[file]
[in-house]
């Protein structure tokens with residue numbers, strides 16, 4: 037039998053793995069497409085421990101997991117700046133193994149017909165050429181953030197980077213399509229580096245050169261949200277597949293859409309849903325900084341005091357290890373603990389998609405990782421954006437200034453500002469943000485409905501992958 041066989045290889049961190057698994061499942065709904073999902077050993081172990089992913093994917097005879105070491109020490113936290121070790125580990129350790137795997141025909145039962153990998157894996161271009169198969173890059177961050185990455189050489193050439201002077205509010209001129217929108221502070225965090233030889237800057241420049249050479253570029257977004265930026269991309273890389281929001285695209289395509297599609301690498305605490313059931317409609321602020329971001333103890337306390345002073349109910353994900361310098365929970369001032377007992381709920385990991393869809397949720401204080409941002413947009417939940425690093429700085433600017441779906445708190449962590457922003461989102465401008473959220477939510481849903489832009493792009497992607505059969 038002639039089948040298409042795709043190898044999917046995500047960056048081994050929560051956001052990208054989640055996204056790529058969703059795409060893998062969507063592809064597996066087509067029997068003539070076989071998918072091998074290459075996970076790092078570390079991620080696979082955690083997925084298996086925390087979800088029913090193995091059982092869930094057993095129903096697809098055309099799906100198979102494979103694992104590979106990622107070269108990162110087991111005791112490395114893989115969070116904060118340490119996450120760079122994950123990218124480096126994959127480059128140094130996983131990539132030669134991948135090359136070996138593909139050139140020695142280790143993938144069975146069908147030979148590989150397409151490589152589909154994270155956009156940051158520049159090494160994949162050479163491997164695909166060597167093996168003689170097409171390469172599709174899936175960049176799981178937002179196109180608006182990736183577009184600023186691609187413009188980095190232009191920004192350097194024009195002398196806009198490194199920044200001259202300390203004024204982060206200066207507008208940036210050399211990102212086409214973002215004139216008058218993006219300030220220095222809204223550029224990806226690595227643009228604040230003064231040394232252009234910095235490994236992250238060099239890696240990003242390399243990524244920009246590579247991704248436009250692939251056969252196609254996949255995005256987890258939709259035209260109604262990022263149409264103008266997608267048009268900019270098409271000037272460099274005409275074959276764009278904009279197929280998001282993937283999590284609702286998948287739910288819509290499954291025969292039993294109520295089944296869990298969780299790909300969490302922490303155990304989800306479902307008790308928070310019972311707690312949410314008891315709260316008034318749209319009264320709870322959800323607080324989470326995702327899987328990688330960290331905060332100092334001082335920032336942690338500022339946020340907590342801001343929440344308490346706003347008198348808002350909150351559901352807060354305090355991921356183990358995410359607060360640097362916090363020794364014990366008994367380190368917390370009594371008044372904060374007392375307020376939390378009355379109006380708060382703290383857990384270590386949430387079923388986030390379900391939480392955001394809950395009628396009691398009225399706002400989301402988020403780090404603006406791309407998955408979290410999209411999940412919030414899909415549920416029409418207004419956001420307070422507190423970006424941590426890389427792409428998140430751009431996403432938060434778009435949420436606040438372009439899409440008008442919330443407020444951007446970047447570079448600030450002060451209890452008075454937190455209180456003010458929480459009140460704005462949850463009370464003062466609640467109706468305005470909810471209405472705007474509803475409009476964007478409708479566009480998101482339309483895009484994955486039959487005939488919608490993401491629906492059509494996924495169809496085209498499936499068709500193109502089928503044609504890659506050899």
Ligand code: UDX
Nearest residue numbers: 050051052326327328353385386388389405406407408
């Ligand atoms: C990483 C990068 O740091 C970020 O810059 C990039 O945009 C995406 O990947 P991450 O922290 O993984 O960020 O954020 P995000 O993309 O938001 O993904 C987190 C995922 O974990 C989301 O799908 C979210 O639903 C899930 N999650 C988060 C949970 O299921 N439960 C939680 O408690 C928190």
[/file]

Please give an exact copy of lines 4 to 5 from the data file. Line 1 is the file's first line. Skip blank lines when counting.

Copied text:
Nearest residue numbers: 050051052326327328353385386388389405406407408
């Ligand atoms: C990483 C990068 O740091 C970020 O810059 C990039 O945009 C995406 O990947 P991450 O922290 O993984 O960020 O954020 P995000 O993309 O938001 O993904 C987190 C995922 O974990 C989301 O799908 C979210 O639903 C899930 N999650 C988060 C949970 O299921 N439960 C939680 O408690 C928190």